Heading out to set up a ground blind to hunt turkey in Stephens County, Brokenridge Ranch owner Tom Mansell handed the visiting hunter an old sock.
“Whack this on your boots and pants,” he said.
“What’s in it?” the hunter asked.
“Sulphur. It keeps the ticks and chiggers off of you,” Mansell replied. “It’s an old remedy I heard about growing up in Alabama. I haven’t had any ticks on me for years since using it.”
The sulphur dust goes through the sock and, like a powder puff, invisibly coated the hunter’s boots and pant legs.
“Use an old, thin sock so the dust goes through,” Mansell said.
An internet search reveals sulphur in an old sock is indeed an age-old remedy — and it works, although probably not as well as the commercial repellants containing DEET or permethrin.
“Sulphur is a well known repellant for mites (including chiggers) and ticks,” said Texas A&M AgriLife Extension Entomologist Mike Merchant. “People have been using sulphur socks for years. It’s not quite as good as DEET, but preferable for some because it’s more natural and it’s cheap. It doesn’t work for insects, though.
“And it’s tick season, I got my first one, a deer tick, the other day.”
The why or how sulphur works isn’t really known.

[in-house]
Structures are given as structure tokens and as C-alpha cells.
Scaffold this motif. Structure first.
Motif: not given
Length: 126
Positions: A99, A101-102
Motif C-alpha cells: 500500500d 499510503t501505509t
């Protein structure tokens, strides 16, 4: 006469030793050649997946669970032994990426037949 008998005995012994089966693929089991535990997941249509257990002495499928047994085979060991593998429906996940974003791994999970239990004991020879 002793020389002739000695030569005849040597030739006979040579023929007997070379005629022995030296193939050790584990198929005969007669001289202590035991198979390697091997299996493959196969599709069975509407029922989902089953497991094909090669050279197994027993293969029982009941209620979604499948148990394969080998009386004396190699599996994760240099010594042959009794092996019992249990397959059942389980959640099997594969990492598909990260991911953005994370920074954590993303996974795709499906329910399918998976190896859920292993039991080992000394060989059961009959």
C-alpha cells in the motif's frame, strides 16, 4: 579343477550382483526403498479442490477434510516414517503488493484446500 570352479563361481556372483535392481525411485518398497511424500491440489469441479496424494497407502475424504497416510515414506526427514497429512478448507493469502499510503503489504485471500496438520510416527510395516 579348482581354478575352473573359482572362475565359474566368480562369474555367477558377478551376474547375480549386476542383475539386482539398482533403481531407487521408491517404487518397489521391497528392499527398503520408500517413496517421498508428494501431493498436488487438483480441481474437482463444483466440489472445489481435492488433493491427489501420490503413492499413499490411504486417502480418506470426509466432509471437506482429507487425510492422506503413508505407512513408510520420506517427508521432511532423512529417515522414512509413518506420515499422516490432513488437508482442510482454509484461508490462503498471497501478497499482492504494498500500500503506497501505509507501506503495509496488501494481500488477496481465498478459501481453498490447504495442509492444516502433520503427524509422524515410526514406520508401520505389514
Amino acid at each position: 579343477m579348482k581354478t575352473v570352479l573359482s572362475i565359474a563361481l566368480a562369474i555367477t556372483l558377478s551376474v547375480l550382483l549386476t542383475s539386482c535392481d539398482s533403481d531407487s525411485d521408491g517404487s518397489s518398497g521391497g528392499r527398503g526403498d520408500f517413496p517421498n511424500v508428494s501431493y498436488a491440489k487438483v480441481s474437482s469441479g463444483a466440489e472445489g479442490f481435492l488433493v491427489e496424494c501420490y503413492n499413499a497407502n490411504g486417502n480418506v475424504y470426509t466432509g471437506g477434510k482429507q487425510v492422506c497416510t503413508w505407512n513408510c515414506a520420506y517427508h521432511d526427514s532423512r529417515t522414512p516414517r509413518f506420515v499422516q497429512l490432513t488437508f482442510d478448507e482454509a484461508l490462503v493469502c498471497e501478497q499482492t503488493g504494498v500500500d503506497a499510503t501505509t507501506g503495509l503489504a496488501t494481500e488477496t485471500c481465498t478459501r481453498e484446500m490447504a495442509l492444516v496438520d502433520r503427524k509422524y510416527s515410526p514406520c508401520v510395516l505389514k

“Actually, how all repellants work is something of a mystery,” Merchant said. “Odor detection is the most important sense for ticks and insects, so distaste is a possibility. I have an entire book on repellants in the office — it has one sentence on sulphur.”
Merchant said sulphur works to repel ticks if placed on a person’s clothing or directly on the skin.
“You can apply it to the skin of your arms and legs,” he said. “But there is an odor — it may make you less socially interactive.”
Hunters and fishermen combing the banks of rivers or lakes know the eery feeling of a tick on the skin, along with the irritation of having to remove one that has taken hold. Infection and other diseases, like Lyme disease and Rocky Mountain Spotted Fever, increase the concern from a tick bite.
In Texas, there’s an App for that, created by Texas A&M, that works on the web or smartphone, said Otto Strey, a lab technician with the university.
The App, http://tickapp.tamu.edu, covers tick identification, tick biology, tick removal and tick prevention and protection.
The sulphur sock, although not mentioned in the App, is cheap — a box of dusting sulphur costs a few bucks at a garden center, and the old sock is free.
And it lasts.
“That sock has been hanging there for three years and it’s still working,” Mansell said.